This is the Rant of Mr. Otis concerning me, and I suppose of 2 thirds of the Town.—But be it known to Mr. Otis, I have been in the public Cause as long as he, 'tho I was never in the General Court but one Year. I have sacrificed as much to it as he. I have never got [my]2 Father chosen Speaker and Councillor by it, my Brother in Law chosen into the House and chosen Speaker by it, nor a Brother in Laws Brother in Law into the House and Council by it. Nor did I ever turn about in the House, betray my Friends and rant on the Side of Prerogative, for an whole Year, to get a father into a Probate Office, and a first Justice of a Court of Common Pleas, and a Brother into a Clerks Office.
There is a Complication of Malice, Envy and Jealousy in this Man, in the present disordered State of his Mind that is quite shocking.
I thank God my mind is prepared, for whatever can be said of me. The Storm shall blow over me in Silence.
Rode to Cambridge and made a Mornings Visit to Judge Trowbridge in his solitary, gloomy State. He is very dull, talks about retiring from Court. Says he cant fix his Attention as he could—is in doubt whether he ought to sit in a Capital Case, least he should omit something that is material—&c. &c.
Was inquisitive however, about Politicks and what the Town of Boston was likely to do about the Judges Salaries. Said he heard they were about to choose a Committee to wait upon the Court, to enquire of them &c. &c. Comparing this with Otis's distracted Proposal to me, about a Motion or Petition, I concluded that something of this Kind had been talked of in Town, 'tho I never heard a Hint of it from any but these two.3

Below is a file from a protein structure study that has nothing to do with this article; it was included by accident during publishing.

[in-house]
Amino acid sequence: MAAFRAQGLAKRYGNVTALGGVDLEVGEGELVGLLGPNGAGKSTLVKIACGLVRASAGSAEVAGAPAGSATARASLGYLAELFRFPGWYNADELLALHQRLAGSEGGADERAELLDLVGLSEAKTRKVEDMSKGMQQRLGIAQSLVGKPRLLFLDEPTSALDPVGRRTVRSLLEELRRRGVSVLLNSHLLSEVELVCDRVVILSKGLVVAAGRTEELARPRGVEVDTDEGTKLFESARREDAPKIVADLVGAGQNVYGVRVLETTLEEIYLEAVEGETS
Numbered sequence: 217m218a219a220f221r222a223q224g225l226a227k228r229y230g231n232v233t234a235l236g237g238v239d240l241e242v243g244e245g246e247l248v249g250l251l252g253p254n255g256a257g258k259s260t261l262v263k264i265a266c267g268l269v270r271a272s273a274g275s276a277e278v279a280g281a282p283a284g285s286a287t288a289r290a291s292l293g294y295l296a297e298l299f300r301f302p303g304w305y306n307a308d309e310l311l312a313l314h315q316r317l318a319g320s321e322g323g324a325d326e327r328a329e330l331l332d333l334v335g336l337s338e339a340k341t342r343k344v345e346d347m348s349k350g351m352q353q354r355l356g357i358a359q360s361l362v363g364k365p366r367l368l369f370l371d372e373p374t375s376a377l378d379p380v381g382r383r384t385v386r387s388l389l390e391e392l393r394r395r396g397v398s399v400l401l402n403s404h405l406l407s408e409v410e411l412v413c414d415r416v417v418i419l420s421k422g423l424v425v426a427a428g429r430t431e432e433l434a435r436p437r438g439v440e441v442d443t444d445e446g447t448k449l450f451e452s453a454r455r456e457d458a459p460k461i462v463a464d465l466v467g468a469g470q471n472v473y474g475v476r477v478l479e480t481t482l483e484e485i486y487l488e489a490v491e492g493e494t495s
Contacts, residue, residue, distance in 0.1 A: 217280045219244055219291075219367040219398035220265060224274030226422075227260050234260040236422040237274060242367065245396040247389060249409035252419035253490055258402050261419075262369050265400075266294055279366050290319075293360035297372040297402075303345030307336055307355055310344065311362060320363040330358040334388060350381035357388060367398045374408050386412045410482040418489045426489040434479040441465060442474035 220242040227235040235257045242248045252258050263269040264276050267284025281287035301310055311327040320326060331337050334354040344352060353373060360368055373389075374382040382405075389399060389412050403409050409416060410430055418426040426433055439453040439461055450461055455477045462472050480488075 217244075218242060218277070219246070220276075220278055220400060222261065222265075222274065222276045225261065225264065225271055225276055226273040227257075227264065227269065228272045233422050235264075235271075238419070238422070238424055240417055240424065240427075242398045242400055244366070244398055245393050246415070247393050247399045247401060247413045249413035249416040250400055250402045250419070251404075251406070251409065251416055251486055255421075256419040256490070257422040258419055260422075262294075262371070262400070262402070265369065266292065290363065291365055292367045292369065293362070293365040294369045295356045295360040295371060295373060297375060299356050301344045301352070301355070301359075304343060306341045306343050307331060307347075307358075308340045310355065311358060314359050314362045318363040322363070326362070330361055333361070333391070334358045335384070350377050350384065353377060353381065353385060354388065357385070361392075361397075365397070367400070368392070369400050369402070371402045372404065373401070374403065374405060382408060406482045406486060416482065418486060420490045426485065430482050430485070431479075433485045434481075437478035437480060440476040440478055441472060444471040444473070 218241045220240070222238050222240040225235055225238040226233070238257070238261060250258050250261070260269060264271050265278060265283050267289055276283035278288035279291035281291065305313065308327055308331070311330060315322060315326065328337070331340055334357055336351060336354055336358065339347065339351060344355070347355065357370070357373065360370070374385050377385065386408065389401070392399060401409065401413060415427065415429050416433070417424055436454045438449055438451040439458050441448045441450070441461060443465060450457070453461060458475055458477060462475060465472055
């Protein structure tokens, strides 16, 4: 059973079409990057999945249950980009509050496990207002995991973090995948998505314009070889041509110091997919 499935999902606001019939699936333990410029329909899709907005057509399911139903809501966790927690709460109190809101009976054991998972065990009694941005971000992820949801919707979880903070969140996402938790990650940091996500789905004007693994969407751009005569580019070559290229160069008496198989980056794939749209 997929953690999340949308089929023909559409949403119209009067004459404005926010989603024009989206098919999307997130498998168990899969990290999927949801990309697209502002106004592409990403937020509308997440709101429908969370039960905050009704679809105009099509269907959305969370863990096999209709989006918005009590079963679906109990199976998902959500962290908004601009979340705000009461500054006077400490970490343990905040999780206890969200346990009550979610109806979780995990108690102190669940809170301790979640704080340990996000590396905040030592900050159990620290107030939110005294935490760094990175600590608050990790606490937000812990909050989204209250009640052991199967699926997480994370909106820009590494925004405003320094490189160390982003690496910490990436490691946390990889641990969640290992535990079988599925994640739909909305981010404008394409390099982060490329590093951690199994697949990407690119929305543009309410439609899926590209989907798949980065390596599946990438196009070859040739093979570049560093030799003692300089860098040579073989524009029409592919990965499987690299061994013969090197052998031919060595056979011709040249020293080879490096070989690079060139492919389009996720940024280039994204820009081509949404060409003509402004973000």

Trowbridge thought there never was a Time when every Thing was so out of Joint. Our general Court gave Cushing for a fortnights Work as much as the Judges for a Years. The Ministry gave £600 a Year to the Admiralty Judges, for doing no more Business than the Superior Court did in one Term, 'tho the latter had a Controul over the former. For his Part he could not look upon it in any other Light than as an Affront. This is nearly the same that he said to Coll. Warren.
{ 67 }
Attended Court, all Day, dined with the Judges &c. at Bradishes. Brattle was there and was chatty. Fitch came in blustering when Dinner was half over.
1. Minimum punctuation for clarity has been supplied in the dialogue here and below.
2. MS: “Mr.”
3. For JA's part in the controversy over the judges' salaries, see entry of 4 March 1773, below.
Cite web page as: Founding Families: Digital Editions of the Papers of the Winthrops and the Adamses, ed.C. James Taylor. Boston: Massachusetts Historical Society, 2018.